She explained to the class, “Rachel says she really wants to do a handstand, but the thing is, she doesn’t. She’s actually not sure if she wants to do handstand, so there’s no point in her pretending she’s trying to kick up.” And then to me, “You don’t want to do handstand. You’re not going to do handstand. Instead, why don’t you just tell yourself that you’re practicing kicking. And every time you kick, just tell yourself you’re not trying to do handstand. You’re trying to kick up one millimeter further than you kicked the last time.”
It was simultaneously insulting and relieving. But I had no choice but to go with it. As remedial as it was, it held the potential of progress. I moved to San Francisco, and every time I practiced handstand, I just tried to kick up one more millimeter. But I couldn’t let go of the mind games. If I just stop caring, if I just pretend I don’t care, then it will happen. No, if I care a lot, if I throw my heart into it fully, if I tell myself I won’t be able to look at myself in the mirror if I don’t do it, then I’ll do it.
None of the tricks worked. I just kept on keeping on with tiny kicks, consoling myself by saying that I didn’t really want to do handstand – I only wanted to get one millimeter further. Finally, with one millimeter as my goal, I pretty much stopped trying to do handstand all together.
Then one Friday night my yoga teacher announced that we were going to spend the class focusing on the kidneys and the back body, which represent the unknown. Most of us cave our shoulders forward to protect ourselves from uncertainty and undefined space. Opening up the back body is important for upside-down poses. For me, expanding backwards was always extremely uncomfortable.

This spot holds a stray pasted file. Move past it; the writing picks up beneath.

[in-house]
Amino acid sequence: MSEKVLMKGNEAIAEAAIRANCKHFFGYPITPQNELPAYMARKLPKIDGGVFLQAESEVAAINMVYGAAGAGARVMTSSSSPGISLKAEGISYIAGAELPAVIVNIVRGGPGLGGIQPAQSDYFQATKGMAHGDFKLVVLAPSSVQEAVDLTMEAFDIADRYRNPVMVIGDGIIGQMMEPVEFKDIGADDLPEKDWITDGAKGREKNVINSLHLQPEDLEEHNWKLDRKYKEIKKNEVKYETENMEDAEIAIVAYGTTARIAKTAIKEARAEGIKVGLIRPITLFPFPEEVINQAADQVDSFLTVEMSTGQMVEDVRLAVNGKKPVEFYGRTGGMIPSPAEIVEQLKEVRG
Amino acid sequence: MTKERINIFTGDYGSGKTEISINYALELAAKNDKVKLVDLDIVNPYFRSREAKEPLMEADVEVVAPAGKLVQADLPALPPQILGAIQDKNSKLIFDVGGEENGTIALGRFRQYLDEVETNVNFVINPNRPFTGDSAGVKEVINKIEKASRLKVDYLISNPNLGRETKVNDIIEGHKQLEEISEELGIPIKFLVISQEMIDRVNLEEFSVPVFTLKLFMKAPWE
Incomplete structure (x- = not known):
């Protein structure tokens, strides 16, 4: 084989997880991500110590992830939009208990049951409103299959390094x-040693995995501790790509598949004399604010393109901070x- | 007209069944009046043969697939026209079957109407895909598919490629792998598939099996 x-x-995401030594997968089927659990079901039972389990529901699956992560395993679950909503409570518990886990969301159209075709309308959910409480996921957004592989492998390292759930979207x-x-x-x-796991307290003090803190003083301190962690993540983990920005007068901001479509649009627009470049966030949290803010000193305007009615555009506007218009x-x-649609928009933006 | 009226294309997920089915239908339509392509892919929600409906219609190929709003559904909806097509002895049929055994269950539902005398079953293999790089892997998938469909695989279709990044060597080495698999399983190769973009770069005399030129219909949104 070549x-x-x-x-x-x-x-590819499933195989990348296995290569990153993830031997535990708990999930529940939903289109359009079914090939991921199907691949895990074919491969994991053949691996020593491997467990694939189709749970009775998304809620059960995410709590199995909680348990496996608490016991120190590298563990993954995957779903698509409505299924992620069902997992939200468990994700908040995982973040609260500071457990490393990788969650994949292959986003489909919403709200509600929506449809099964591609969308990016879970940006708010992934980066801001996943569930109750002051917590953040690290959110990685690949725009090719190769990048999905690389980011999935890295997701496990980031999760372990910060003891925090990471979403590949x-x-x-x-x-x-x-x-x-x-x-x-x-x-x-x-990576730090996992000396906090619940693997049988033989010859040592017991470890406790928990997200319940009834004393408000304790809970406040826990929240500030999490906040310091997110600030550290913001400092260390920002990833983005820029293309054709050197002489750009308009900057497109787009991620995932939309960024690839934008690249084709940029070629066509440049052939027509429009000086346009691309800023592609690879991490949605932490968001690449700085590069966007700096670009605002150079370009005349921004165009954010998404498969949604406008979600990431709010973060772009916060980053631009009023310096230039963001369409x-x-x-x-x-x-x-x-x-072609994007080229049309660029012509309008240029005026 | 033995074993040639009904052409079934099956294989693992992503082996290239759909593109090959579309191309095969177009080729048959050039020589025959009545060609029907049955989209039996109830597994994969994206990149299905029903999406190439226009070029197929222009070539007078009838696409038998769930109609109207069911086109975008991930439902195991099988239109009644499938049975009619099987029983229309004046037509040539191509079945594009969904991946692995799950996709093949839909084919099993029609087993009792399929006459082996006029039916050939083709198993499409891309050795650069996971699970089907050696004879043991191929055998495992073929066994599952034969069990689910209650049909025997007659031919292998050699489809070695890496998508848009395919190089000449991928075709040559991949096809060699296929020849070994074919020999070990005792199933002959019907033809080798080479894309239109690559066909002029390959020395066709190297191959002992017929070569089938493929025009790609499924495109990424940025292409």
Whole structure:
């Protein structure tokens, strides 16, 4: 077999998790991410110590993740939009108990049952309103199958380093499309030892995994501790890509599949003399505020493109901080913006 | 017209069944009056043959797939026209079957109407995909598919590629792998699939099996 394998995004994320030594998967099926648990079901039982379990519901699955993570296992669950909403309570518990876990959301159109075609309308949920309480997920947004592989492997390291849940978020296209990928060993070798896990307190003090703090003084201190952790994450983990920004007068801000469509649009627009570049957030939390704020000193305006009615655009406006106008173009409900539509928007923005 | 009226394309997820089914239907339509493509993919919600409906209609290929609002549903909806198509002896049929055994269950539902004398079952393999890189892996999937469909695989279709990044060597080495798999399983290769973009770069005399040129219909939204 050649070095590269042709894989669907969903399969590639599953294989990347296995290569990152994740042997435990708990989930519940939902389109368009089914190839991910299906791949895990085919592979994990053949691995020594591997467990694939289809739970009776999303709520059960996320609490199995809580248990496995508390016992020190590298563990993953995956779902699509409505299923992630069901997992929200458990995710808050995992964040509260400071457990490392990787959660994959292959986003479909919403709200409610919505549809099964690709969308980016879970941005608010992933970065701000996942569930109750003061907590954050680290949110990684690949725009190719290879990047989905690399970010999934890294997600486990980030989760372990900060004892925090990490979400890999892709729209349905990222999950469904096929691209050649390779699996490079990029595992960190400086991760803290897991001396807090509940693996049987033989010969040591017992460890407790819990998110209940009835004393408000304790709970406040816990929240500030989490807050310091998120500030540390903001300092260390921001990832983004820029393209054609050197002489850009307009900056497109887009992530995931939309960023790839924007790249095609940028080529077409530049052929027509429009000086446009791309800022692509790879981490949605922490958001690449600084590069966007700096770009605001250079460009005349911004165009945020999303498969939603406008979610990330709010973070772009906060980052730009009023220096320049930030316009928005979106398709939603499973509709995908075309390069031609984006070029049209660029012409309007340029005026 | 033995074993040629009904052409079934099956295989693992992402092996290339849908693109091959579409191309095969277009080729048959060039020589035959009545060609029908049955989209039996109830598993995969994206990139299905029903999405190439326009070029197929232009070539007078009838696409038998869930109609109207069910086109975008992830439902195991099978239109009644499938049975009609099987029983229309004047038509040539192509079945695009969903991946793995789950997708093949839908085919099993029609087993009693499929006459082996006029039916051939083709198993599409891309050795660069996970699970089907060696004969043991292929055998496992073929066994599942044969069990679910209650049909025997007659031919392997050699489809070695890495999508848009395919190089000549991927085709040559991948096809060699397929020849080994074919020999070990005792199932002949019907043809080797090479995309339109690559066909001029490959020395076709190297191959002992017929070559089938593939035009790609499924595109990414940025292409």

But, surprisingly, all the expanding-into-the-kidney work was going well. Not far into the class, I suddenly realized, “I’m going to be able to do handstand after this.” I tried not to get too excited as we worked through the class, and when I finally got to the wall, I debated how to mentally prepare.
On one hand, I could push myself with a “if you don’t do handstand I will never forgive you” type of threat. Or I could ease the pressure with a “I don’t give a shit if you do handstand in fact I’m not even going to try that hard because what’s the point of handstand anyway?”
While I was debating which form of self mind-fucking would work best for me, a thought popped into my head.
I have no idea what’s going to happen next.
None of us really enjoys uncertainty. None of us really like flinging ourselves into it with abandon. But in that moment, I somehow accessed the right balance of power and surrender that’s required for a smooth entrance into the unknown.
I repeated my mantra, “I have no idea what’s going to happen next.” Instead of thinking about kicking (one millimeter or otherwise), I just thought about rolling my back into the empty, unknown space. And with very little drama or effort, I rose up into my first handstand.
“Very nice!” said my teacher.
From upside down I exclaimed, “this is my first handstand!” She had the whole class sing happy birthday to me while I was still in the pose. I left class to go meet my boyfriend and wanted to believe that somehow what happened with my handstand was symbolic of something promising.
Spoiler alert: It doesn’t turn into something “promising!” When I wrote a draft of this a year ago, I tried to explain why it didn’t work out. Something to do with control , something to do with letting go of the reins that my brain was using to steer my heart?! (Gag me.) I deleted that part because I don’t think it was right. Today, while I was mentally preparing to publish this, I thought of different reasons why nothing “promising” happened.
The conclusion I came to was that I had conflated “not fearing the unknown” with “not having goals.” In fact, that’s the opposite of what happened with my handstand practice, but I’m afraid to write anything here because I’m sure I’ll change my mind later. I guess the only thing to say about the whole thought process is, “I am only kicking one millimeter at a time, and I have no idea what’s going to happen next.”